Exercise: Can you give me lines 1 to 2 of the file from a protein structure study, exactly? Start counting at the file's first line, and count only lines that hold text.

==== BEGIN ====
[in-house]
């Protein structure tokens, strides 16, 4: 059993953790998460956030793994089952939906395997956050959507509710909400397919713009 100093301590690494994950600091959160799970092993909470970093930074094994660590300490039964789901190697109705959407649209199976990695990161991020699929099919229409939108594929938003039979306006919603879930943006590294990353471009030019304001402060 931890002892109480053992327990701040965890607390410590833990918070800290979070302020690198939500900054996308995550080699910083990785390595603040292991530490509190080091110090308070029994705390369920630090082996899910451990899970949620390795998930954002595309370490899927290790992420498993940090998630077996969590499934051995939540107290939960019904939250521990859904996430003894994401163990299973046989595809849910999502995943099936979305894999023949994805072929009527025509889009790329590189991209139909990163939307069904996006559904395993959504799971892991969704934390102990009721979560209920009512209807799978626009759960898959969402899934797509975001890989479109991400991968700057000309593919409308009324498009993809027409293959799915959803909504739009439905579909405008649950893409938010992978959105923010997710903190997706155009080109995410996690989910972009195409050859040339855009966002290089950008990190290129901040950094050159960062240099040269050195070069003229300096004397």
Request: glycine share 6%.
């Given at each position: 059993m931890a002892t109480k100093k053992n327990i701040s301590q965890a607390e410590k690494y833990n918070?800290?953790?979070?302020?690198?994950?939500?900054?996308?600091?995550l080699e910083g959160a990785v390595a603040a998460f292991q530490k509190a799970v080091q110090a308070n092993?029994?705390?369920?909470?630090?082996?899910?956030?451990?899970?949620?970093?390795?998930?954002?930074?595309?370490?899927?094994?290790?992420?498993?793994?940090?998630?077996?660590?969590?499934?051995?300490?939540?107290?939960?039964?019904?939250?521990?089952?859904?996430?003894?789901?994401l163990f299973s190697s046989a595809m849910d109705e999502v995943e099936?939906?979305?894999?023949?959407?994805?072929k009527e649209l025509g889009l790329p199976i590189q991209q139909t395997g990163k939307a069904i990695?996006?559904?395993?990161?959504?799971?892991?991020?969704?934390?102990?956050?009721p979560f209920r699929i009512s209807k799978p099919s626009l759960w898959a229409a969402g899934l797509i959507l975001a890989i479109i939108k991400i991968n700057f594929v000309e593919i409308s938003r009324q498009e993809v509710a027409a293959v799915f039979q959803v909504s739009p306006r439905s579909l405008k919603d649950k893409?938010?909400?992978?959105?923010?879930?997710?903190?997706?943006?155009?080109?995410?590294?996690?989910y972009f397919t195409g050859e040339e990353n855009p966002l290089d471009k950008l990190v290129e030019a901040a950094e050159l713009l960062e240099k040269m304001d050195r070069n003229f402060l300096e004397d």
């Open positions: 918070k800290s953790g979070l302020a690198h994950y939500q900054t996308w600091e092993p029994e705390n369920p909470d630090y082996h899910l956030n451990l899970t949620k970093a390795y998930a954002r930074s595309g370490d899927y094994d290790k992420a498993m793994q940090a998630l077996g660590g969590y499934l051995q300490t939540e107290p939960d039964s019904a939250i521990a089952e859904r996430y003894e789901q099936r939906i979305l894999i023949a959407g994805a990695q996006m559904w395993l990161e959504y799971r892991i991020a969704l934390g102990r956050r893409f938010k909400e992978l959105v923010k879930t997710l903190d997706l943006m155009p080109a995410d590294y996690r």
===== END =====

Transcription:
[in-house]
């Protein structure tokens, strides 16, 4: 059993953790998460956030793994089952939906395997956050959507509710909400397919713009 100093301590690494994950600091959160799970092993909470970093930074094994660590300490039964789901190697109705959407649209199976990695990161991020699929099919229409939108594929938003039979306006919603879930943006590294990353471009030019304001402060 931890002892109480053992327990701040965890607390410590833990918070800290979070302020690198939500900054996308995550080699910083990785390595603040292991530490509190080091110090308070029994705390369920630090082996899910451990899970949620390795998930954002595309370490899927290790992420498993940090998630077996969590499934051995939540107290939960019904939250521990859904996430003894994401163990299973046989595809849910999502995943099936979305894999023949994805072929009527025509889009790329590189991209139909990163939307069904996006559904395993959504799971892991969704934390102990009721979560209920009512209807799978626009759960898959969402899934797509975001890989479109991400991968700057000309593919409308009324498009993809027409293959799915959803909504739009439905579909405008649950893409938010992978959105923010997710903190997706155009080109995410996690989910972009195409050859040339855009966002290089950008990190290129901040950094050159960062240099040269050195070069003229300096004397």